Fighting continues in Tripoli, 19 killed since Tuesday

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Lebanese mourners carry the coffin of Khodr Mustafa Alameddine, who was among a group of Sunni Muslims reportedly killed by the Syrian army after they crossed into Syria to fight alongside rebels, during his funeral in Minieh in northern Lebanon on 9 December 2012. (Photo: AFP - Ibrahim Chalhoub)

Published Sunday, December 9, 2012

Updated 3:07pm: Six were killed and 40 wounded in heavy clashes Sunday in Lebanon's second largest city according to Al-Akhbar's correspondent in Tripoli.

Residents of the neighborhood of Bab al-Tebbaneh exchanged machine gun and rocket fire with their neighbors in Jabal Mohsen leaving two members of each community dead during predawn clashes. Two others were killed later in the day.

A rocket attack also hit a Lebanese Army outpost in Jabal Mohsen.

The fighting broke a tense calm that had held since the army deployed troops between the two impoverished neighborhoods early on Friday.

During the night, troops held their positions on side streets but did not approach the Syria Street frontline.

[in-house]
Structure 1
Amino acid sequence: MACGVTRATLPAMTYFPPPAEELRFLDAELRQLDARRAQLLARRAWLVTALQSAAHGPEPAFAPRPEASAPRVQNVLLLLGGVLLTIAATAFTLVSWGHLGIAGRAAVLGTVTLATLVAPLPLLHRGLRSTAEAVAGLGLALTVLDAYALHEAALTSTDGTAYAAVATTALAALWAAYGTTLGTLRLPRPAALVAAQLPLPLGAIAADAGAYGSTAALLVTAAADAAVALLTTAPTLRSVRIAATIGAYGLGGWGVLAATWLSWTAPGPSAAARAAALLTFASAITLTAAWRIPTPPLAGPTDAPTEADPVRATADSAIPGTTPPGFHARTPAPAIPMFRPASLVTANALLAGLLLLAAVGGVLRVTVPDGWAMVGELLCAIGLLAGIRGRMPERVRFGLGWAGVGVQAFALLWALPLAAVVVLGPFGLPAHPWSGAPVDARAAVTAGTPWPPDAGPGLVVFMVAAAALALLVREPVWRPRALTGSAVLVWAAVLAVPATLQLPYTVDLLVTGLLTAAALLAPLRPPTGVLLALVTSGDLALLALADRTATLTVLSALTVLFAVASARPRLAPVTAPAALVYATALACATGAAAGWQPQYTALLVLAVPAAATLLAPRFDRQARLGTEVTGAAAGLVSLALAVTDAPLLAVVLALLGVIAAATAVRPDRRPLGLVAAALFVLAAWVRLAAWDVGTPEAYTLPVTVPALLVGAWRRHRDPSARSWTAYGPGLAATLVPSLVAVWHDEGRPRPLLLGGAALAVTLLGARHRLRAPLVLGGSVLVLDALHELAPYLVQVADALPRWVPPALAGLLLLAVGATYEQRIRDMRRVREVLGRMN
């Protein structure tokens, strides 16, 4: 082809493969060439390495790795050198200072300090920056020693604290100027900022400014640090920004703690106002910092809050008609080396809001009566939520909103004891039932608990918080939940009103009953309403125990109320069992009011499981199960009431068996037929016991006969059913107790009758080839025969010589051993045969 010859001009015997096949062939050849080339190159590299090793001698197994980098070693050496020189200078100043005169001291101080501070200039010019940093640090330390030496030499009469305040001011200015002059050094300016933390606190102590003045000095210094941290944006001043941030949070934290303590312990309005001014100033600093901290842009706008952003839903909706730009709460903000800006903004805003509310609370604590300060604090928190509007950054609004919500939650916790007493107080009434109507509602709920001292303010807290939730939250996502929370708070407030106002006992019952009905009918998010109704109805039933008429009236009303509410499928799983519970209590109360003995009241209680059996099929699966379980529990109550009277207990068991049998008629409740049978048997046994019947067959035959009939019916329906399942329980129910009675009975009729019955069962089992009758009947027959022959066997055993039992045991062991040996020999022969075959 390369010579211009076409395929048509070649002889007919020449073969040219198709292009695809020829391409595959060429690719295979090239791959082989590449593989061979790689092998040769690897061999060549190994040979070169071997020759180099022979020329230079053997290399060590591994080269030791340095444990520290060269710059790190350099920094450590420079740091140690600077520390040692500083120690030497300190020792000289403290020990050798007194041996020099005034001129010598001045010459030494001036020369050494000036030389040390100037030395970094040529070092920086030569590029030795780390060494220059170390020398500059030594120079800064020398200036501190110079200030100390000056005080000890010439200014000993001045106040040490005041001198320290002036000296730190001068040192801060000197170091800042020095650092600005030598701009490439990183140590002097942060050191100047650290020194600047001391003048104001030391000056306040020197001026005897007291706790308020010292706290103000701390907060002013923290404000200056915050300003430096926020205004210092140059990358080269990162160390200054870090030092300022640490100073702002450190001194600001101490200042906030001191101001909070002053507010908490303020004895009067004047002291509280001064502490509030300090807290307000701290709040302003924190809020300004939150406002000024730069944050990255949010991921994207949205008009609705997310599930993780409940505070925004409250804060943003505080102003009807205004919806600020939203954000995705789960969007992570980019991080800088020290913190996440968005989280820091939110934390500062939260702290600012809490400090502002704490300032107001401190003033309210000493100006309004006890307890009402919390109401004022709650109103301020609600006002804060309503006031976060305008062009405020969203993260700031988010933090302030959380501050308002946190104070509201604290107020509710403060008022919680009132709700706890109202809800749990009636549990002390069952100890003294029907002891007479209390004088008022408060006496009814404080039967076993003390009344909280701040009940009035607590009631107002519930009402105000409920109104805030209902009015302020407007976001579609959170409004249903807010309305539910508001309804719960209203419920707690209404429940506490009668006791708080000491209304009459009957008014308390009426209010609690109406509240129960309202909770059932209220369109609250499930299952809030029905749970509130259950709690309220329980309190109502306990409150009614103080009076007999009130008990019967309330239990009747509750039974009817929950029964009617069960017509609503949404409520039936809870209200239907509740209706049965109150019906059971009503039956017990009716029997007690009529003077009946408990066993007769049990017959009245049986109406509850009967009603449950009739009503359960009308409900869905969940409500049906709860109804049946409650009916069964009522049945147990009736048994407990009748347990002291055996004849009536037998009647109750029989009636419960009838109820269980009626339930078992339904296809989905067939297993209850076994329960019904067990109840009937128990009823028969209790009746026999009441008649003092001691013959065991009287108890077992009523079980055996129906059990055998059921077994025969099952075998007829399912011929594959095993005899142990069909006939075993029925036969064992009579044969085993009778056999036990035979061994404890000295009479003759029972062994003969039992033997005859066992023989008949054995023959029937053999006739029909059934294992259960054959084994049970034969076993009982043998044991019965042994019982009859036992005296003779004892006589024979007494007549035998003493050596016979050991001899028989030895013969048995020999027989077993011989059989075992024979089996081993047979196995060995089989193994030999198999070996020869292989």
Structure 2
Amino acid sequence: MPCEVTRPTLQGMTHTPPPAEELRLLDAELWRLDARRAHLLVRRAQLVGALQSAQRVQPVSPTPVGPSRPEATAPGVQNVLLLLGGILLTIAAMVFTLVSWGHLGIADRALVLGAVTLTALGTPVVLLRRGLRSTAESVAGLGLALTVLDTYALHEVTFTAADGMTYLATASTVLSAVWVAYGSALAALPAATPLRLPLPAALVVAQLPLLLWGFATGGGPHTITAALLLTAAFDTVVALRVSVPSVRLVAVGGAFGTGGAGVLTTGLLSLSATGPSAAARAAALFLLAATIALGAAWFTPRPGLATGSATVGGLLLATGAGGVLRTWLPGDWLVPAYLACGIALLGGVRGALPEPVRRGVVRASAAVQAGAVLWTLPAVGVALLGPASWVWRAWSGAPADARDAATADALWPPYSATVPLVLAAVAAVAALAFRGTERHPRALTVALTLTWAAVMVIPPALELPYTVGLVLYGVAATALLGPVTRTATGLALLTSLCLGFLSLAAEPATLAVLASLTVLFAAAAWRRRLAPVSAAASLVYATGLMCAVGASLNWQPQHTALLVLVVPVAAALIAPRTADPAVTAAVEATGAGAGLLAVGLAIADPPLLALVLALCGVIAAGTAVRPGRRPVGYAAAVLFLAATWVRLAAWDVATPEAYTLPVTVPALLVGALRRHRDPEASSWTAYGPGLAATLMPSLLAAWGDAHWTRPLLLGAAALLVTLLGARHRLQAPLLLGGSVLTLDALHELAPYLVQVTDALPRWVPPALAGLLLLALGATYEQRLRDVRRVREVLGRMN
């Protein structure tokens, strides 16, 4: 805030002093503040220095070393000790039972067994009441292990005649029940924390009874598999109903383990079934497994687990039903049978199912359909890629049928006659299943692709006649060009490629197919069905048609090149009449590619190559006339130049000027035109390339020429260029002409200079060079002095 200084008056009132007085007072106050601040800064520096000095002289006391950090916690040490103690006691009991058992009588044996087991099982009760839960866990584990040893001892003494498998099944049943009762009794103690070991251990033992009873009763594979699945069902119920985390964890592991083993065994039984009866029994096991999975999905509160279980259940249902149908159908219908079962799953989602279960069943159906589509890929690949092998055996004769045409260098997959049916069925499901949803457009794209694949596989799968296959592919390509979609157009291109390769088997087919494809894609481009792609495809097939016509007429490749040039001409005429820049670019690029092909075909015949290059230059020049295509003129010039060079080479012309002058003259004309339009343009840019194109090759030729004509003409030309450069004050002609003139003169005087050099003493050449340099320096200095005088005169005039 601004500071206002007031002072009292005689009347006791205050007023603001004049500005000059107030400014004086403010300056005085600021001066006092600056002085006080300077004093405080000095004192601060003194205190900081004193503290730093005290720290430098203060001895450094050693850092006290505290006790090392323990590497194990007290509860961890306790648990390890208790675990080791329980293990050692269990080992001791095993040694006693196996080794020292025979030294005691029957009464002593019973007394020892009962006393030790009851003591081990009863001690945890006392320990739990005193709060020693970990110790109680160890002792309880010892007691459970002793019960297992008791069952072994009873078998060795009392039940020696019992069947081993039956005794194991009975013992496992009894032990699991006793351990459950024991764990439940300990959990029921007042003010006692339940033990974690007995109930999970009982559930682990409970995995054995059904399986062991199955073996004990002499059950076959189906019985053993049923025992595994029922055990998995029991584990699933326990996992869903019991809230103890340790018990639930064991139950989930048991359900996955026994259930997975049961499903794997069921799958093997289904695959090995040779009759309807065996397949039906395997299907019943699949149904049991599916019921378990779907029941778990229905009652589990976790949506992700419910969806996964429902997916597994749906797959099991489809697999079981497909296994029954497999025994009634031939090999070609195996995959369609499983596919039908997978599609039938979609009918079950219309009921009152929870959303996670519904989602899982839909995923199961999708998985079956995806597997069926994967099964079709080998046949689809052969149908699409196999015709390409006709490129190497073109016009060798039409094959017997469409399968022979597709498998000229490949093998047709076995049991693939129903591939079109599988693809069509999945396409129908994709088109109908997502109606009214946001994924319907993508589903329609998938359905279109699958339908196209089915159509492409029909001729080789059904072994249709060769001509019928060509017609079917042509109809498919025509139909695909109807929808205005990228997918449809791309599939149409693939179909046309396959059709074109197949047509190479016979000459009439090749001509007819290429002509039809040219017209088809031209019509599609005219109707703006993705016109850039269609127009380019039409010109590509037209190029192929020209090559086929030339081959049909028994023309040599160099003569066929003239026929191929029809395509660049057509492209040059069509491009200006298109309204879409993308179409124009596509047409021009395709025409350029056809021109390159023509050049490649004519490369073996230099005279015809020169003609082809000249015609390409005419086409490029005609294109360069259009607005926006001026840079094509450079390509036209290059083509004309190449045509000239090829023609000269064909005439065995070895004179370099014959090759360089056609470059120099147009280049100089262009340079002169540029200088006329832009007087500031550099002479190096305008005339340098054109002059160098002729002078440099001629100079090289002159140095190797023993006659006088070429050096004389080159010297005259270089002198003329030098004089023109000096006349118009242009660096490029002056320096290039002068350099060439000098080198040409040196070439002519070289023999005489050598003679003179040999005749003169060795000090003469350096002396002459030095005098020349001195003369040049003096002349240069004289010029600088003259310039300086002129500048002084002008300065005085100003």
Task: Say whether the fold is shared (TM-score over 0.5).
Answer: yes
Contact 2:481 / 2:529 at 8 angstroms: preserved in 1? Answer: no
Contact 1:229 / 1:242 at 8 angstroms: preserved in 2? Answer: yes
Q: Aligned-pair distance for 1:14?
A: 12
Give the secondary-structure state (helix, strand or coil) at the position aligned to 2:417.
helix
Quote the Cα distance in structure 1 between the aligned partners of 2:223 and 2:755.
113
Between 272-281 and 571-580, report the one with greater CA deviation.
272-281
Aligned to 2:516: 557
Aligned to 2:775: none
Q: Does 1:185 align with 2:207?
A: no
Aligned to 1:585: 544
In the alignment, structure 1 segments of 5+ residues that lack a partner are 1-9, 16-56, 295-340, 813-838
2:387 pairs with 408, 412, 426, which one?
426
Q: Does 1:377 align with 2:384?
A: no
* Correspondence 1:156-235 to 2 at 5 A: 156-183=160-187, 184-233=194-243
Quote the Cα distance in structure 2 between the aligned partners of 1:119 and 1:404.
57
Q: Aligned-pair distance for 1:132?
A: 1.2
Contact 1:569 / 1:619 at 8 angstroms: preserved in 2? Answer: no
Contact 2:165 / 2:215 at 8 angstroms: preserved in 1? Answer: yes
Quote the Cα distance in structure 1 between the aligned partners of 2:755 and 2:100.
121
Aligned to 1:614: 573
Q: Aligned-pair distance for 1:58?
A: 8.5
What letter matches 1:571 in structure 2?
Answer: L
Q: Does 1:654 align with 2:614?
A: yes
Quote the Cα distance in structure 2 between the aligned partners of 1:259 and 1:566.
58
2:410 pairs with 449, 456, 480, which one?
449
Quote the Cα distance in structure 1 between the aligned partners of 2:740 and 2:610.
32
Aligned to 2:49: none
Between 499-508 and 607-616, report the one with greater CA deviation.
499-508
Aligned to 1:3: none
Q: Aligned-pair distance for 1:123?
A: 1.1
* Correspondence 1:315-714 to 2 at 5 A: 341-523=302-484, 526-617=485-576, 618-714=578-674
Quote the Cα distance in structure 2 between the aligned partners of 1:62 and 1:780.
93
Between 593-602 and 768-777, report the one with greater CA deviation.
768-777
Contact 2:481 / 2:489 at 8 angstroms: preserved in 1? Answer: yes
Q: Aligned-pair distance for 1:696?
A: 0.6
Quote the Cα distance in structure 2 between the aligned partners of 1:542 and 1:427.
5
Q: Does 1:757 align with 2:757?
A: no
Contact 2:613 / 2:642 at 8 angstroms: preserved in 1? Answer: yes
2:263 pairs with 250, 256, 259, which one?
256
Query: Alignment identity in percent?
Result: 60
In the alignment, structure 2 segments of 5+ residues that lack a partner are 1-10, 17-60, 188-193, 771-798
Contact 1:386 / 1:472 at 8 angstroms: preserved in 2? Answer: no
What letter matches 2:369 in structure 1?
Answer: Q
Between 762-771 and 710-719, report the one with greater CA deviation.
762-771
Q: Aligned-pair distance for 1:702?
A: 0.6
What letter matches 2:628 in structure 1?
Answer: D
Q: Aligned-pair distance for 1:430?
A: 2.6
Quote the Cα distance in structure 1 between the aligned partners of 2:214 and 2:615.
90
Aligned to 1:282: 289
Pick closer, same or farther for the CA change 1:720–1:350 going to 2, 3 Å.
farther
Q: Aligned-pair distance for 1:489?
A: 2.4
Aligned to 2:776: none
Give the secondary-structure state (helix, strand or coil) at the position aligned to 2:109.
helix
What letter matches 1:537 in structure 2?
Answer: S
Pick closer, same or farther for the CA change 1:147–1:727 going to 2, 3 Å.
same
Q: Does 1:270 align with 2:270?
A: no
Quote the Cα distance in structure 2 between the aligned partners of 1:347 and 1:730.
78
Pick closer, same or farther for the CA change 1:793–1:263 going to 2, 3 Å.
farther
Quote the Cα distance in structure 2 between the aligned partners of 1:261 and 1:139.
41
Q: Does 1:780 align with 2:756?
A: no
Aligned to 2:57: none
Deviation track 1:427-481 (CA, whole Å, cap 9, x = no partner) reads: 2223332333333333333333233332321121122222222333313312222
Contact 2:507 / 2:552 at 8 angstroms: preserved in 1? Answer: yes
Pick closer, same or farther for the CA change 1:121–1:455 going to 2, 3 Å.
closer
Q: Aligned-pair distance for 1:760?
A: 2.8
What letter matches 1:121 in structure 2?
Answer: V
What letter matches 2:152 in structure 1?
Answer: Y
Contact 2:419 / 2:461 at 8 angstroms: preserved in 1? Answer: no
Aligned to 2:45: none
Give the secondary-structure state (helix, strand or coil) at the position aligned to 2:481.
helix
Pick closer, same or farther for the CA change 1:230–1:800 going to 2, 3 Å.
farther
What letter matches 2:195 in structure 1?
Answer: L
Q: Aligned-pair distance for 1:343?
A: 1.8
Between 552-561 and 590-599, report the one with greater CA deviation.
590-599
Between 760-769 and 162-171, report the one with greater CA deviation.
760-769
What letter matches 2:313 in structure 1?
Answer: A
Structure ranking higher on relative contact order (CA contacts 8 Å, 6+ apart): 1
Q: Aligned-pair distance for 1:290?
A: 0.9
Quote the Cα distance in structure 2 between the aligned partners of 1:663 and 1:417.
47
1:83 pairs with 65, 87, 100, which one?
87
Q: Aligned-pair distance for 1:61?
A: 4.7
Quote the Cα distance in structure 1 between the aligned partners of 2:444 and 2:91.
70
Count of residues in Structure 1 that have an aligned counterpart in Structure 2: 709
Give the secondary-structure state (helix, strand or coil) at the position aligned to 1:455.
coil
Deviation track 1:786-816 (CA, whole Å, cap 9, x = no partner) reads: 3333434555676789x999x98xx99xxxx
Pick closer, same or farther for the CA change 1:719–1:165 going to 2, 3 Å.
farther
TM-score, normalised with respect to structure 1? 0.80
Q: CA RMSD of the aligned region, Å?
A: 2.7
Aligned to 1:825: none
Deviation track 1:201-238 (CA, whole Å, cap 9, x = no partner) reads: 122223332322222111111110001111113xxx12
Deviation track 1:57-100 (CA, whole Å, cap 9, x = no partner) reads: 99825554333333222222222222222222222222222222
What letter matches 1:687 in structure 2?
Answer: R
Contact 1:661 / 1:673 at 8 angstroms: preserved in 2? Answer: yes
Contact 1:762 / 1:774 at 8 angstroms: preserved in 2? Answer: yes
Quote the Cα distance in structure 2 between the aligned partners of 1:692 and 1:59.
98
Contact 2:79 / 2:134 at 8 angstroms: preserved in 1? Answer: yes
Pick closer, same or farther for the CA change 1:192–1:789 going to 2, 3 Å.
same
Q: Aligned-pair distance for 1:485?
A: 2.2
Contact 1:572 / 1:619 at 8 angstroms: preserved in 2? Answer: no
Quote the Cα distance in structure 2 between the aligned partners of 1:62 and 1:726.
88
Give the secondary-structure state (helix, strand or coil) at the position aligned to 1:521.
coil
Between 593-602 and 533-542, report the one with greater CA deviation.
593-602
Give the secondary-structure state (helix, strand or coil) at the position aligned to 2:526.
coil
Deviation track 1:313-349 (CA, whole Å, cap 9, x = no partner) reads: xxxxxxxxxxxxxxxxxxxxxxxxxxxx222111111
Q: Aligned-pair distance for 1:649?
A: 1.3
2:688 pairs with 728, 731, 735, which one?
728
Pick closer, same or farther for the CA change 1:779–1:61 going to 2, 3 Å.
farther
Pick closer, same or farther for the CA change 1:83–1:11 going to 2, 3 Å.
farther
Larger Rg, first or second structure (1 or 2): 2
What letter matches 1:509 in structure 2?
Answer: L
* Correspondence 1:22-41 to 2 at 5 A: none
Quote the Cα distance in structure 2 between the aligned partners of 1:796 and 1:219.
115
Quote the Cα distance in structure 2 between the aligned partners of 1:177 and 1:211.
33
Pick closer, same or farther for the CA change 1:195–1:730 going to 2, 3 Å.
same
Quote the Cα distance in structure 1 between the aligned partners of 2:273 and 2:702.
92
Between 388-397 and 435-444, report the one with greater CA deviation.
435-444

"The clashes are light now," the a security official said on Sunday morning, adding that no decision had yet been taken on whether to send in more troops.

Al-Akhbar's correspondent said there was no way to know when the newest round of fighting would end.

The latest deaths brought the toll from fighting in the city since Tuesday to 19, including two children.

The sectarian conflict between the mostly Sunni Bab al-Tebanneh and Alawi Jabal Mohsen has gone on since at least since the outbreak of Lebanon's 1975 civil war between supporters and opponents of the Syrian regime.

Tensions have risen dramatically in Tripoli since the start of the Syrian civil war. At least 80 people have killed during eight rounds of clashes between the neighborhoods since June 2011.

The latest outbreak of violence was sparked when news broke that 14 Sunni Muslim Lebanese and Palestinian gunmen from the area were killed by the Syrian army one week ago in a Syrian border town. The men were said to have joined the armed insurgency against Syrian President Bashar al-Assad.

Militants from northern Lebanon had long been suspected of entering neighboring Syria to join the rebels in fighting.

(Al-Akhbar, AFP, Reuters)


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